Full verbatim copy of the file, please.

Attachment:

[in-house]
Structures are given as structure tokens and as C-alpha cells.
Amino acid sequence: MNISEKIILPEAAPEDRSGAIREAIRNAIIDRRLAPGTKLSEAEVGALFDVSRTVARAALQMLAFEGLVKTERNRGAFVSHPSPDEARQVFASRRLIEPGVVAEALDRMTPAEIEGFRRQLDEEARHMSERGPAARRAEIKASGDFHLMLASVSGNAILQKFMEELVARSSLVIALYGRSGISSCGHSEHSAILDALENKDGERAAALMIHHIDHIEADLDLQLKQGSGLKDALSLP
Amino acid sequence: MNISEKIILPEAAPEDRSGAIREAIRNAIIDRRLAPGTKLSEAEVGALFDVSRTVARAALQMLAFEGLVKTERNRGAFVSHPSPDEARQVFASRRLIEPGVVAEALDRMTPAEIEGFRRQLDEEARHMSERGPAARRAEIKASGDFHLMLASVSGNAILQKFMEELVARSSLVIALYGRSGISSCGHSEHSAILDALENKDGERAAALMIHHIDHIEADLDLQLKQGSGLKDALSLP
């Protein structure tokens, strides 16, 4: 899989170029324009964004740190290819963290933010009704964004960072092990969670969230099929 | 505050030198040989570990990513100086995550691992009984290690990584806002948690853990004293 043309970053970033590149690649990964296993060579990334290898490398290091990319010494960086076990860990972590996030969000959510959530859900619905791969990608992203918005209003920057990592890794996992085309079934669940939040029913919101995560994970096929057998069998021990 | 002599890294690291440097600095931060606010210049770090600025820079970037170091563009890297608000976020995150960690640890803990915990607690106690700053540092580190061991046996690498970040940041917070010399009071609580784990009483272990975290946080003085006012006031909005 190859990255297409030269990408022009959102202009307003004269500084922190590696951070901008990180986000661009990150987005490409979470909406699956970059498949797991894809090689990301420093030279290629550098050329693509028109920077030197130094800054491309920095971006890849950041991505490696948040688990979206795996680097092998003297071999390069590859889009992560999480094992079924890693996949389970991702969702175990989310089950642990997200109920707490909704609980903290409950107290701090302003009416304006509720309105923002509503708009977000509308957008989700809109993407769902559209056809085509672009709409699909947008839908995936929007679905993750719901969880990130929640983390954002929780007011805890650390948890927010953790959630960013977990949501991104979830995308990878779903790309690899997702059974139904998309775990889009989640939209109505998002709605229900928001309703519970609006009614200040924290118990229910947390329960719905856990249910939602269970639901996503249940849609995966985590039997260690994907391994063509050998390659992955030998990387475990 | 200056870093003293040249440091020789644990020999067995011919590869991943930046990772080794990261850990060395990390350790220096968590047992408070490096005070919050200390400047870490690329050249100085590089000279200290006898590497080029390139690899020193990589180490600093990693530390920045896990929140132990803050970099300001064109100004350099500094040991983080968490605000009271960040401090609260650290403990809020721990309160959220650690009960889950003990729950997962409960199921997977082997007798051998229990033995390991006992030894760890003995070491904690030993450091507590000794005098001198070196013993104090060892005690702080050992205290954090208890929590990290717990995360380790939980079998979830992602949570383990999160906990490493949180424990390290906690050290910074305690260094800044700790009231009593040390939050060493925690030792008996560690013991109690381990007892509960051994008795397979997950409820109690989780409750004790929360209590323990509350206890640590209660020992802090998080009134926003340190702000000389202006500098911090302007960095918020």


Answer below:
[in-house]
Structures are given as structure tokens and as C-alpha cells.
Amino acid sequence: MNISEKIILPEAAPEDRSGAIREAIRNAIIDRRLAPGTKLSEAEVGALFDVSRTVARAALQMLAFEGLVKTERNRGAFVSHPSPDEARQVFASRRLIEPGVVAEALDRMTPAEIEGFRRQLDEEARHMSERGPAARRAEIKASGDFHLMLASVSGNAILQKFMEELVARSSLVIALYGRSGISSCGHSEHSAILDALENKDGERAAALMIHHIDHIEADLDLQLKQGSGLKDALSLP
Amino acid sequence: MNISEKIILPEAAPEDRSGAIREAIRNAIIDRRLAPGTKLSEAEVGALFDVSRTVARAALQMLAFEGLVKTERNRGAFVSHPSPDEARQVFASRRLIEPGVVAEALDRMTPAEIEGFRRQLDEEARHMSERGPAARRAEIKASGDFHLMLASVSGNAILQKFMEELVARSSLVIALYGRSGISSCGHSEHSAILDALENKDGERAAALMIHHIDHIEADLDLQLKQGSGLKDALSLP
């Protein structure tokens, strides 16, 4: 899989170029324009964004740190290819963290933010009704964004960072092990969670969230099929 | 505050030198040989570990990513100086995550691992009984290690990584806002948690853990004293 043309970053970033590149690649990964296993060579990334290898490398290091990319010494960086076990860990972590996030969000959510959530859900619905791969990608992203918005209003920057990592890794996992085309079934669940939040029913919101995560994970096929057998069998021990 | 002599890294690291440097600095931060606010210049770090600025820079970037170091563009890297608000976020995150960690640890803990915990607690106690700053540092580190061991046996690498970040940041917070010399009071609580784990009483272990975290946080003085006012006031909005 190859990255297409030269990408022009959102202009307003004269500084922190590696951070901008990180986000661009990150987005490409979470909406699956970059498949797991894809090689990301420093030279290629550098050329693509028109920077030197130094800054491309920095971006890849950041991505490696948040688990979206795996680097092998003297071999390069590859889009992560999480094992079924890693996949389970991702969702175990989310089950642990997200109920707490909704609980903290409950107290701090302003009416304006509720309105923002509503708009977000509308957008989700809109993407769902559209056809085509672009709409699909947008839908995936929007679905993750719901969880990130929640983390954002929780007011805890650390948890927010953790959630960013977990949501991104979830995308990878779903790309690899997702059974139904998309775990889009989640939209109505998002709605229900928001309703519970609006009614200040924290118990229910947390329960719905856990249910939602269970639901996503249940849609995966985590039997260690994907391994063509050998390659992955030998990387475990 | 200056870093003293040249440091020789644990020999067995011919590869991943930046990772080794990261850990060395990390350790220096968590047992408070490096005070919050200390400047870490690329050249100085590089000279200290006898590497080029390139690899020193990589180490600093990693530390920045896990929140132990803050970099300001064109100004350099500094040991983080968490605000009271960040401090609260650290403990809020721990309160959220650690009960889950003990729950997962409960199921997977082997007798051998229990033995390991006992030894760890003995070491904690030993450091507590000794005098001198070196013993104090060892005690702080050992205290954090208890929590990290717990995360380790939980079998979830992602949570383990999160906990490493949180424990390290906690050290910074305690260094800044700790009231009593040390939050060493925690030792008996560690013991109690381990007892509960051994008795397979997950409820109690989780409750004790929360209590323990509350206890640590209660020992802090998080009134926003340190702000000389202006500098911090302007960095918020």